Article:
How To Apologize for the Delay Over Email Like a Pro

Updated October 31, 2022

Sometimes people miss communications in the workplace or take extra time to respond to emails. When you need to write a reply and want to apologize for taking a long time to answer, it's important to maintain a positive relationship with the other party. By learning how to craft a thoughtful apology for the delay, you can easily move on to more important conversations while being respectful and professional. In this article, we explain how to apologize for the delay in responding to an email message and share several successful examples of sending a late reply email apology.

Related: How To Respond to Emails Professionally (With Examples)

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Why apologize for the delay over email?

When you have to send a late response to someone from your work, apologizing for the delay can make a big difference in the tone of your communication. Starting the message by explaining the delay and saying sorry can encourage the recipient to be more understanding, too.

An apology is also an acknowledgement that you respect the recipient's time and understand the importance of responding quickly in the future. By quickly apologizing for any wait that your late response may have caused, you can build rapport with the other party and set the relationship up for positive interactions and a collaborative mindset going forward.

Related: How To Write a Professional Email

How to say sorry for a delayed reply

Everyone's time is valuable in the workplace, so writing an apology for your late response is normal and respectful. However, that doesn't mean the entire email needs to be an apology, nor should you be apologizing all the time. The following steps can help you focus on the content of the message while maintaining a positive tone to move forward:

1. Determine when to apologize

First, make sure that it's appropriate to include an apology in the email. Colleagues and clients often understand that you have a busy schedule, so small delays may not require an apology. Don't feel that you have to apologize for a late response if someone emailed you outside of business hours or if you responded within the established time frame for a reply. Only send apologies when you're truly late or behind on communications in general. This ensures a genuine tone and sets reasonable expectations for future interactions.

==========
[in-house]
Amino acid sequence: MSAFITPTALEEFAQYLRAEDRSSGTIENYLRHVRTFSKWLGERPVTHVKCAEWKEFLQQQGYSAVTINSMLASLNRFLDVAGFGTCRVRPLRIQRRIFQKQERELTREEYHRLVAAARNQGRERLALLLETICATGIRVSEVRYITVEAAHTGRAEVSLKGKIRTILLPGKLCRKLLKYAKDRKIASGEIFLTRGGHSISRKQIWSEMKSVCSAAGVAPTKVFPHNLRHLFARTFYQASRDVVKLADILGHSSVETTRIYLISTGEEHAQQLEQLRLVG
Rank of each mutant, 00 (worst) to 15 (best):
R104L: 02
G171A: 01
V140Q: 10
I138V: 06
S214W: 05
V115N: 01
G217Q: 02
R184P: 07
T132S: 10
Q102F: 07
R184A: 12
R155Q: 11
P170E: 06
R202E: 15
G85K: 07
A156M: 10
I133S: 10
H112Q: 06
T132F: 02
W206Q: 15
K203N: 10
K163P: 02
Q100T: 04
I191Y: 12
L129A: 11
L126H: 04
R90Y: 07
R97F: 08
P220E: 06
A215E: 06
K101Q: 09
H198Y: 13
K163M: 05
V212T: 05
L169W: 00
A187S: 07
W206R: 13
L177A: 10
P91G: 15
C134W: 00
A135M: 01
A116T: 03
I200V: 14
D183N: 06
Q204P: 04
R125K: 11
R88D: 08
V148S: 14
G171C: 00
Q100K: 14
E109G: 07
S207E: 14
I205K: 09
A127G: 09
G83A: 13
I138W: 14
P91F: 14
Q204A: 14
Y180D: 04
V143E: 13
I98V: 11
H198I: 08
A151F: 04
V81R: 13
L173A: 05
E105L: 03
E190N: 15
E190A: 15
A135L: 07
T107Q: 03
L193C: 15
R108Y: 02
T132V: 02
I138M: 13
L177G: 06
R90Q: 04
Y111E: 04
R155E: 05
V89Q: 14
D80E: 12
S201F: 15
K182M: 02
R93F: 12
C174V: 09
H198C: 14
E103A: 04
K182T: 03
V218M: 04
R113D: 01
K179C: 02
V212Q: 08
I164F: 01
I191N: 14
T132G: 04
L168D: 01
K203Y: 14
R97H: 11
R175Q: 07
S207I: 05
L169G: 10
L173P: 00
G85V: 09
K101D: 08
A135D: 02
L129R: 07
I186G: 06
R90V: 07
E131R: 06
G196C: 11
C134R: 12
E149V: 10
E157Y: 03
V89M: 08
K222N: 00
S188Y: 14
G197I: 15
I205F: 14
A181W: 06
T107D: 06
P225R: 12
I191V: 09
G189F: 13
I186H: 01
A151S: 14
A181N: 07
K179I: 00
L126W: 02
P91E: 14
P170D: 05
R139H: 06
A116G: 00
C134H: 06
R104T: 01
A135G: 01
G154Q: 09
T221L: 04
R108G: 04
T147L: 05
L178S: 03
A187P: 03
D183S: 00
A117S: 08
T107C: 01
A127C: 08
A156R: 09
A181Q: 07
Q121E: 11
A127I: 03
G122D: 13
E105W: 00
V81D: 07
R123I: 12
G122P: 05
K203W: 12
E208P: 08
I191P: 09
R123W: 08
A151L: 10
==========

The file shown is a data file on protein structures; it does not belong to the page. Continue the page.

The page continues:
Here are some examples of situations when it's appropriate to write an apology email:

  • Replying to a client after missing a deadline

  • Reaching out to a coworker after forgetting an email

  • Following up after an office disaster, such as a flood or an unexpected closure

  • Responding to emails after a lengthy vacation if you didn't have an auto-reply set up

Related: 20 Best Practices for Professional Email Etiquette

2. Open with a greeting

Start the email in a positive, professional way by using a polite greeting. Lead by saying hello and using the recipient's preferred title and name. Consider using an extra greeting to establish a friendly rapport, such as:

  • Thanks for following up!

  • I hope you're doing well

  • Thank you for reaching out

  • It's great to hear from you

By beginning the email with a greeting instead of immediately starting with the apology, you make your message read like a natural conversation easing into a potentially challenging subject. An appropriate greeting is polite because it shows that you care about developing an immediate connection with the recipient. Reminding your colleague or client of your existing professional connection instead of immediately starting with your lateness may help them be more receptive to your apology, preserving your positive relationship for future interactions.

Related: Seven Best Email Greeting For All Situations

3. Recognize the late reply

Next, acknowledge that your response to their email is later than you initially planned. Being accountable for the delay and how it influenced others is an important part of showing integrity and being respectful of how your actions impact your clients, customers, and team members. Here are a few ways you can tactfully bring up the delay:

  • I'm sorry it took me so long to respond

  • While checking my emails this morning, I noticed that I hadn't sent you a reply yet

  • Please excuse my not getting back to you sooner